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Has Team Sky’s success come at a cost to women's cycling, and the taxpayer?

Joseph Delves
24 Jan 2017

Nicole Cooke says British Cycling drained resources from the women's team to fund the Tour de France dream

The stock narrative around Team Sky’s success has until recently focused on the accumulation of marginal gains, not the delivery of suspect packages and therapeutic use exemptions.

Borne out of David Brailsford’s wildly successful time as British Cycling’s performance director, Team Sky also succeeded in its mission to deliver a British winner at the Tour de France.

However in evidence given to the government's Culture, Media and Sport Committee inquiry into combatting doping in sport, Olympic and World Road Race Champion Nicole Cooke revealed how she believed British Cycling has always treated women as second class riders and that the development of Team Sky exacerbated this as publicly funded resources were directed towards the privately owned team.

Cooke says very little was ever done to support female road riders during her career. ‘At times odd riders would be supported for a period, while they were “in favour” but mostly, that support was only ever transient.’

She claims British Cycling’s relationship with Sky, which began in 2008 with their £1 million sponsorship following the Beijing Olympics, led to even more resources being diverted to developing male athletes.

‘In 2008 the plans were in place for a male only Team Sky that would use a variety of British Cycling Lottery funded staff in dual roles. Dave Brailsford managed the project with British Cycling CEO Ian Drake and President Brian Cookson on the Board of Tour Racing Limited, the holding company set up to “own” it.

'Once again the designed in oversight were the people who approved the initial decision to progress the project as male only. No successful appeal that it should be a male and female team was possible.

'This was run exclusively by men, exclusively for men. Other contemporary professional teams even those not connected to National Federations, ran male and female squads on the two circuits. To do so would not have been unusual or different.’ 

Cooke says British Cycling’s involvement with the Team Sky project drained resources that could have been used to support female athletes.

One effect of this was that in the run up to the 2008 World Championships, when it became obvious there was no male rider to challenge for a World title, they downgraded the whole preparation for that event.

‘At those World Championships I found I could not get basic repairs completed for my bicycle by the British Cycling mechanics,’ she says.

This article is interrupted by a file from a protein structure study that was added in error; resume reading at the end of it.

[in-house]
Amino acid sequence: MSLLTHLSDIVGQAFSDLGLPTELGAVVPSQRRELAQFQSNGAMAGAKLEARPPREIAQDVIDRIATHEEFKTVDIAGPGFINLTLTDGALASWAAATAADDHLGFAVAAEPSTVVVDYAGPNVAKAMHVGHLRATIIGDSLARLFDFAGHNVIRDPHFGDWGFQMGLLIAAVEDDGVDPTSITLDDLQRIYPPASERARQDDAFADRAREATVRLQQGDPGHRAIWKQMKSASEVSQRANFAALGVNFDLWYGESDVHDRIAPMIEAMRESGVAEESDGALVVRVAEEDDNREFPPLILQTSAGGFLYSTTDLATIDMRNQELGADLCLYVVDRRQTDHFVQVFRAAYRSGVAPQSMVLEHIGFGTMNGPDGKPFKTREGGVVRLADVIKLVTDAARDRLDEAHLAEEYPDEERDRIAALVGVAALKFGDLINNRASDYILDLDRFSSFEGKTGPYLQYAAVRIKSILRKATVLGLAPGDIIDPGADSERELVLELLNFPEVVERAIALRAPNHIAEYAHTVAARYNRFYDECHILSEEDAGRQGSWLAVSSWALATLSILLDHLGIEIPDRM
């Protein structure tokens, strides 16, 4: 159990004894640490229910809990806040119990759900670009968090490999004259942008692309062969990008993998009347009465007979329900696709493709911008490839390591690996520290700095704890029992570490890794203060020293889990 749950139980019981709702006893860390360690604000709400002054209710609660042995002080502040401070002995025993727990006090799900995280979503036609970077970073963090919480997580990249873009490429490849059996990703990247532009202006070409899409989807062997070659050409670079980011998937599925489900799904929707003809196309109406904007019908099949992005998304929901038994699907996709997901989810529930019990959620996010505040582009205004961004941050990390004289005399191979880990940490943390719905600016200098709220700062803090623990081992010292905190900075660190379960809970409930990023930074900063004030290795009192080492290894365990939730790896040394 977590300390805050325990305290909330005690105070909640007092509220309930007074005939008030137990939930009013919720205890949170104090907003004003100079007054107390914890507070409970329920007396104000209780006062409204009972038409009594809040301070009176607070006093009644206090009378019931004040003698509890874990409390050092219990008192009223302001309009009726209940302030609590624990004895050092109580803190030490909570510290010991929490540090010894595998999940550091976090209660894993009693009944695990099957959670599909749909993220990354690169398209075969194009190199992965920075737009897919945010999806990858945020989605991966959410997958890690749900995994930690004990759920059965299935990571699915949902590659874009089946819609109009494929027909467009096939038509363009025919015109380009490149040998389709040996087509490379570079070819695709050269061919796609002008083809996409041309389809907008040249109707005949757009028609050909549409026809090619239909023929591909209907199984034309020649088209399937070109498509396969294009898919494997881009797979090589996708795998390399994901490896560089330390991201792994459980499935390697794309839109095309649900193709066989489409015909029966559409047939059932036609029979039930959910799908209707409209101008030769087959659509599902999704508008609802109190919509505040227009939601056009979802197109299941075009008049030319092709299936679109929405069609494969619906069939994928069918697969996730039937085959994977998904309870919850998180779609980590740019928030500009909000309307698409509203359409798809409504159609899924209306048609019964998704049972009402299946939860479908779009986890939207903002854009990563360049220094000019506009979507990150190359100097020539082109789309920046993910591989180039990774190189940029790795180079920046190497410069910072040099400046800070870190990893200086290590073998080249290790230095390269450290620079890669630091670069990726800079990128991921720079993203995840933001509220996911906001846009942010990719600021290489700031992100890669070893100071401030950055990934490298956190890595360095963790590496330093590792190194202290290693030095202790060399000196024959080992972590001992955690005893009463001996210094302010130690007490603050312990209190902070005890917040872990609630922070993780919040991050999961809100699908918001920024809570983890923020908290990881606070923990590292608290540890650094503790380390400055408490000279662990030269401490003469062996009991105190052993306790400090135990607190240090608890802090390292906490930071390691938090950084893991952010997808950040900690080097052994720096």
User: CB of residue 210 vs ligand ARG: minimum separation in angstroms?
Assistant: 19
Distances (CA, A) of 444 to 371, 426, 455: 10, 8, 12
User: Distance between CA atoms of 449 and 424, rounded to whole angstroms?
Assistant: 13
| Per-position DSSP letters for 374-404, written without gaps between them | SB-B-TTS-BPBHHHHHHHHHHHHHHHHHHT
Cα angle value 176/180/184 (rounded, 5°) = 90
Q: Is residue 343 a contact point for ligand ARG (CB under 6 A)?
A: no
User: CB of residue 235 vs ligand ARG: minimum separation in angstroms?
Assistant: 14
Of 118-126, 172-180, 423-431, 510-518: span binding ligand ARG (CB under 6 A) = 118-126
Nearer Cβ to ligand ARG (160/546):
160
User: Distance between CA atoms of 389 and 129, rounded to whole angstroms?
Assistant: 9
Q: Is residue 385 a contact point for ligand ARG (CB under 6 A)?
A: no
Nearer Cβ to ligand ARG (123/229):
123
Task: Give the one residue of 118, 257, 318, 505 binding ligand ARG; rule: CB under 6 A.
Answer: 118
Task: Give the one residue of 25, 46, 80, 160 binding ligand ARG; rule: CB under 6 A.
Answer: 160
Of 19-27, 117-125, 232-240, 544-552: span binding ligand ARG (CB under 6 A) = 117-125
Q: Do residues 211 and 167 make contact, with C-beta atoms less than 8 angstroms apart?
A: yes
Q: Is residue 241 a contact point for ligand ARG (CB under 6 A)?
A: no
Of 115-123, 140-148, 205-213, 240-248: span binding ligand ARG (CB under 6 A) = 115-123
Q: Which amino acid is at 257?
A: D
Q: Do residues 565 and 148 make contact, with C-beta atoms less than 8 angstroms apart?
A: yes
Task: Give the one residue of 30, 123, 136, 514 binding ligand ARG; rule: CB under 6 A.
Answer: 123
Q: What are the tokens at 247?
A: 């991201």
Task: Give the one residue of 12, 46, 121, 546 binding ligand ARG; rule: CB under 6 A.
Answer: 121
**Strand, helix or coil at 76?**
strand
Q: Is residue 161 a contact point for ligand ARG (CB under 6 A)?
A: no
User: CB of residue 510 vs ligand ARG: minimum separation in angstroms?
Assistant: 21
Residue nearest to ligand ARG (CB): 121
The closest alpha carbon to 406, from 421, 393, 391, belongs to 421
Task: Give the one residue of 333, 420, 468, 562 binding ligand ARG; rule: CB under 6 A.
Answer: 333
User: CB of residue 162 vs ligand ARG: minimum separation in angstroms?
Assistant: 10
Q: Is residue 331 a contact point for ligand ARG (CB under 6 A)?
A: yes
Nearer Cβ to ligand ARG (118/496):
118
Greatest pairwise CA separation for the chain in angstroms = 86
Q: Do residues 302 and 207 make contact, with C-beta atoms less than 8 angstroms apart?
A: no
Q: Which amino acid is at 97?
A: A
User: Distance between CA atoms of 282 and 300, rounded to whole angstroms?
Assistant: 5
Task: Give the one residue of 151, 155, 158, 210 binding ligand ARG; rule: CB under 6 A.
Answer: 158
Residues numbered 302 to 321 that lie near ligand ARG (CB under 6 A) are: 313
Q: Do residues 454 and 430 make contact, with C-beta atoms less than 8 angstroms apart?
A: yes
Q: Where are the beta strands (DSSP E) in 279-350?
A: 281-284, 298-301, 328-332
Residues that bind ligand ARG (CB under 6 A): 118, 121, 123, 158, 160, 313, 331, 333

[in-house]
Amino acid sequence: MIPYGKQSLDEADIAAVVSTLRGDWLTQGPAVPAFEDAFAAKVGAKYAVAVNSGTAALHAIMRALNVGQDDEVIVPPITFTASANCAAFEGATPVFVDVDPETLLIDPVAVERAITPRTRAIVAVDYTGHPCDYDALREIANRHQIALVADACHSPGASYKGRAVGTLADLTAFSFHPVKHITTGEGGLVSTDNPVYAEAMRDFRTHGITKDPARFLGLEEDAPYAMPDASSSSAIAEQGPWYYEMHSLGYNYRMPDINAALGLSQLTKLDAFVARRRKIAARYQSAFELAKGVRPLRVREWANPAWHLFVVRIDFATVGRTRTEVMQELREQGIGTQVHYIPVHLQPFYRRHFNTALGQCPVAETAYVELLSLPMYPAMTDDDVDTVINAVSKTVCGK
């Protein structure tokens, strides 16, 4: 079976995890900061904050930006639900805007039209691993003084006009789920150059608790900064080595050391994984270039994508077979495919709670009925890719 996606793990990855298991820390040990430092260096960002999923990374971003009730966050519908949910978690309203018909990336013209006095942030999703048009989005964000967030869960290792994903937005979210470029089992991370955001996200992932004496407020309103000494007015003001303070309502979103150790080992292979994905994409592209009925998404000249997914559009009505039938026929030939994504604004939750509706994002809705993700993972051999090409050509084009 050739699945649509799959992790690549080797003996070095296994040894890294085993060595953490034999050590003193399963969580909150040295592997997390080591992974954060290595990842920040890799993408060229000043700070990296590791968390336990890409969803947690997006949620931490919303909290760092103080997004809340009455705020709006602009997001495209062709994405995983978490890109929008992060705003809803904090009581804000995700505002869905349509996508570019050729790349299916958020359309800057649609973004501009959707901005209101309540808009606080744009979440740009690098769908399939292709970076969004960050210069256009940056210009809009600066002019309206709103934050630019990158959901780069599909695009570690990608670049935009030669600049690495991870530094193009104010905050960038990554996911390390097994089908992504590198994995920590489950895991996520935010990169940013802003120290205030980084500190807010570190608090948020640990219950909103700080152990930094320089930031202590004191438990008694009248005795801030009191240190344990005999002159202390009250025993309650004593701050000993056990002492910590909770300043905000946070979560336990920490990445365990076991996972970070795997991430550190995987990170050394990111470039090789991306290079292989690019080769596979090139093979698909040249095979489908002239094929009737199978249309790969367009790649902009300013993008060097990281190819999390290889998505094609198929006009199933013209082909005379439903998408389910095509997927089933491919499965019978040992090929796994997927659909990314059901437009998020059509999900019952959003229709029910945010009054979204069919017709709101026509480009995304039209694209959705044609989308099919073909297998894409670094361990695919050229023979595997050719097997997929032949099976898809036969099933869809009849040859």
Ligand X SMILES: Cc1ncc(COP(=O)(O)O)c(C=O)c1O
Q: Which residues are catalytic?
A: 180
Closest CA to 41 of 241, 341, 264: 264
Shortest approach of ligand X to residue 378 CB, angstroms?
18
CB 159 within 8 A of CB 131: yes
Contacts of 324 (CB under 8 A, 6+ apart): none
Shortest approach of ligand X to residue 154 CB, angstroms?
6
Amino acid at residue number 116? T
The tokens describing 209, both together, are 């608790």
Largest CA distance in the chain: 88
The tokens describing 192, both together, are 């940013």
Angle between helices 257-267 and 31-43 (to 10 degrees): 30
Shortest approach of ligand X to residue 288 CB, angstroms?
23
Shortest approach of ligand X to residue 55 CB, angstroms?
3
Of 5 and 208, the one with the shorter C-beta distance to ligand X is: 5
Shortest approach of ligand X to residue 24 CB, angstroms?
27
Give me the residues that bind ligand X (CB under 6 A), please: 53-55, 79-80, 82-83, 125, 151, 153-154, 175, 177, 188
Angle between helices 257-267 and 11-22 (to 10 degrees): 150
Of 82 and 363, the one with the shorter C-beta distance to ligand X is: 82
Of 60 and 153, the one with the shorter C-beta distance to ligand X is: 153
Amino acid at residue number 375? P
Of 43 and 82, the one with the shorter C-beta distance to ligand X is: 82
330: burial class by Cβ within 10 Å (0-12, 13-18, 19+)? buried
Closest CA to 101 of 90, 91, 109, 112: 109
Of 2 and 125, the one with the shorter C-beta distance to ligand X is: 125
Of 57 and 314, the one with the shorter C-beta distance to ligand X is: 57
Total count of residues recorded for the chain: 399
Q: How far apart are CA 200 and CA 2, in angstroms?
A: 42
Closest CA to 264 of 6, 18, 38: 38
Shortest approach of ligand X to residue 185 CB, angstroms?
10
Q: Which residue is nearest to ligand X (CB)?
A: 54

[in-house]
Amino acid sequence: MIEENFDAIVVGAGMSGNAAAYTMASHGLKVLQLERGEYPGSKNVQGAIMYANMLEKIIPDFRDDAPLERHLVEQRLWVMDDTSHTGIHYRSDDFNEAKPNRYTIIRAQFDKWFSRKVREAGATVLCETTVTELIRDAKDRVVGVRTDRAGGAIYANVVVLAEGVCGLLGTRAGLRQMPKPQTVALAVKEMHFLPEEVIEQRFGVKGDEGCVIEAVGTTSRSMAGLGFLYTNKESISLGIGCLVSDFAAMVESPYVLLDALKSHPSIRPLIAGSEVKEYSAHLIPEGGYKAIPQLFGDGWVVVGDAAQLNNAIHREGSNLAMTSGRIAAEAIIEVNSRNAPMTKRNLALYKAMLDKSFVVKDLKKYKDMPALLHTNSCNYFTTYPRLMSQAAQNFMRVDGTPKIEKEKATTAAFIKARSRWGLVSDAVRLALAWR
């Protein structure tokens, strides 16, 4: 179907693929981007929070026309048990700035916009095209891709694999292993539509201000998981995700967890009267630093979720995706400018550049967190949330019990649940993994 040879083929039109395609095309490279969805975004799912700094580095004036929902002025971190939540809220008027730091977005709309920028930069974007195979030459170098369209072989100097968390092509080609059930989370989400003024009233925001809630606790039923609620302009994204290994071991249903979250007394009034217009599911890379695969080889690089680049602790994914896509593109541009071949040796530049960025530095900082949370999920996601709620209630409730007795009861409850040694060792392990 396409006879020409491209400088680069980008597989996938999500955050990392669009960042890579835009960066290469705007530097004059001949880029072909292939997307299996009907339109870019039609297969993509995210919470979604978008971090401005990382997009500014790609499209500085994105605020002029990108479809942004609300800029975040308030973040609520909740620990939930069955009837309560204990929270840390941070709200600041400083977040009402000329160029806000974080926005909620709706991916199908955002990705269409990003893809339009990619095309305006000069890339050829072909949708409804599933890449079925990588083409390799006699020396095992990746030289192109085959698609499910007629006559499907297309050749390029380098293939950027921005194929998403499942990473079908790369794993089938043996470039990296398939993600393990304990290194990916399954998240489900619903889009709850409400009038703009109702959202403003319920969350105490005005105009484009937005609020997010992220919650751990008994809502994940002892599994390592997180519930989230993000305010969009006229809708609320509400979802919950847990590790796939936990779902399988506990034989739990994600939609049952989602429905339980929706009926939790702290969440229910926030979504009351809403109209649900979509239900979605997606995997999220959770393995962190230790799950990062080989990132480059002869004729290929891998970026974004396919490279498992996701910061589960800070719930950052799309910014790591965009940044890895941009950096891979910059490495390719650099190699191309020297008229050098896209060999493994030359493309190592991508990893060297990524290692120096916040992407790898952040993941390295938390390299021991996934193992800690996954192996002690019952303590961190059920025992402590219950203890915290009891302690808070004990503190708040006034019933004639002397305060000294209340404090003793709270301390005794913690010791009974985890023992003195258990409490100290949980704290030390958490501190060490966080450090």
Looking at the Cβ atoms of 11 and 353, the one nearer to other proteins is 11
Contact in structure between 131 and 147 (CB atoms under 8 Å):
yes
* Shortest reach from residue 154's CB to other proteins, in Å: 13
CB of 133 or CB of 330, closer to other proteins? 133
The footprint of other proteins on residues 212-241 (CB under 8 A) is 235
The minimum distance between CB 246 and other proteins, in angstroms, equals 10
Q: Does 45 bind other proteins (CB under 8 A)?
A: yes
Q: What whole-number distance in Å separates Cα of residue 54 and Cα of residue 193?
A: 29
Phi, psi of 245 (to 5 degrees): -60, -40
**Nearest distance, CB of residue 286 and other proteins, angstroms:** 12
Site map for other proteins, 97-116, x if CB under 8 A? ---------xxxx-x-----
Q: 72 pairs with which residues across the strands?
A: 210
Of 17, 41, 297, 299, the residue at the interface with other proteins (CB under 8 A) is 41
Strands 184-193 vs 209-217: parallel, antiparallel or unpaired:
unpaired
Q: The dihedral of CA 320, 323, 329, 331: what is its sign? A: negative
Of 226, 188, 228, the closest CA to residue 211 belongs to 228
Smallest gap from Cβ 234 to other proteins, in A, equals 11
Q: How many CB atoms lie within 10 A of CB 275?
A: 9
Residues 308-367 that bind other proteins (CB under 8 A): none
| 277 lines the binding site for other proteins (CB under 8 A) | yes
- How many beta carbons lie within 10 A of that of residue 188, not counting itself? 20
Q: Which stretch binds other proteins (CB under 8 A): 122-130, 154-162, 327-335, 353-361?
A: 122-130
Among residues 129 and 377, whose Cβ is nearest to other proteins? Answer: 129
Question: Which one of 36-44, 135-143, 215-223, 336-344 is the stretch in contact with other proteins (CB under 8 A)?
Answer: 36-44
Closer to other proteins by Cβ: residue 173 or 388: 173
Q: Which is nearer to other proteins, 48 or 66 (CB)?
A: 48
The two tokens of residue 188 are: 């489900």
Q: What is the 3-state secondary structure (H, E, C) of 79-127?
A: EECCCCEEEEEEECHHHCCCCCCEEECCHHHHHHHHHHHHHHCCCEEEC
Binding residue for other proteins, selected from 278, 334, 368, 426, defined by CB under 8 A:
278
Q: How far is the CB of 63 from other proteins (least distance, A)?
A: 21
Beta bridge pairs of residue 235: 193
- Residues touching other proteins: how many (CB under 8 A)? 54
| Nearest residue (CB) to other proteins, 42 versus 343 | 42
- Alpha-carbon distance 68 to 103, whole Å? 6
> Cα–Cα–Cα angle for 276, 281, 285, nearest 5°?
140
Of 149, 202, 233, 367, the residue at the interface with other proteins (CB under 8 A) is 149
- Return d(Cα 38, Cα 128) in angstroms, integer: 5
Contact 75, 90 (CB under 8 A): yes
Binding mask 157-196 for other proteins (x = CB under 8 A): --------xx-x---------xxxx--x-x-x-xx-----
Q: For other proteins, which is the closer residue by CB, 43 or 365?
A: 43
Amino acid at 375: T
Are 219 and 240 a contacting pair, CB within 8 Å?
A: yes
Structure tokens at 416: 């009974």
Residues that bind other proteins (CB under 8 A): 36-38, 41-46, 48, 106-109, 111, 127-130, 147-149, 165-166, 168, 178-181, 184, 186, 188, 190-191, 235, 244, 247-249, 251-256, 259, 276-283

Equipment and support, often touted as partly responsible for Team Sky's meteoric rise, were also unforthcoming for the women’s team.

Despite being heralded in the media by British Cycling as so crucial to their success in that summer’s Beijing Olympics that they had to be kept under lock and key at the team's headquarters at the Manchester Velodrome, Cooke found herself without a skinsuit in which to race the World Championships a few months later.

Barred from wearing the one she’d brought along herself she recounts the surreal situation of being forced to enlist Emma Pooley to help her cut out the Sky logo from the jersey she’d been provided with and sew it onto her old one before she was permitted to race in it.

In 2010, while the men’s team were being developed with an eye to the 2012 London Olympics Cooke and Pooley found themselves having to pay for their own flights and accommodation to attend the World Championships in Australia, where Pooley won the time trial and Cooke finished fourth in the road race.

Recently tricky questions about what Simon Cope was doing ferrying supplies to Team Sky during the 2011 Critérium du Dauphiné have mostly focused on the contents of the now infamous jiffy bag, however Cooke questions what he was doing running errands for a privately owned team while also being engaged as British Cycling’s coach to the women’s road team.

‘Cope was doing what he was told to do,’ says Cooke. Shane Sutton, who was recently cleared of eight of the nine charges of discrimination levelled against him at an internal British Cycling investigation, states he approved Cope’s trip with the jiffy bag.

‘Nobody in the organisation anywhere would have asked the question – hasn’t Cope got another job to do?’ says Cooke.

Within hours of Cooke’s appearance before the government committee British Cycling released a statement saying that ‘while there is still a way to go, British Cycling is absolutely committed to resolving the historic gender imbalance in our sport.’

They also highlighted their success in increasing the number of female coaches by 70% along with announcing equal prize money for the UK’s elite road series and the establishing of a women's road team training base in Belgium. 

With UK Sport, the body which allocates centralised funding to Olympic sports, taking an interest in the committee's findings, British Cycling is already on notice that it’ll require a clean bill of health with regards to ethics and gender equality if it expects to continue receiving government funding.

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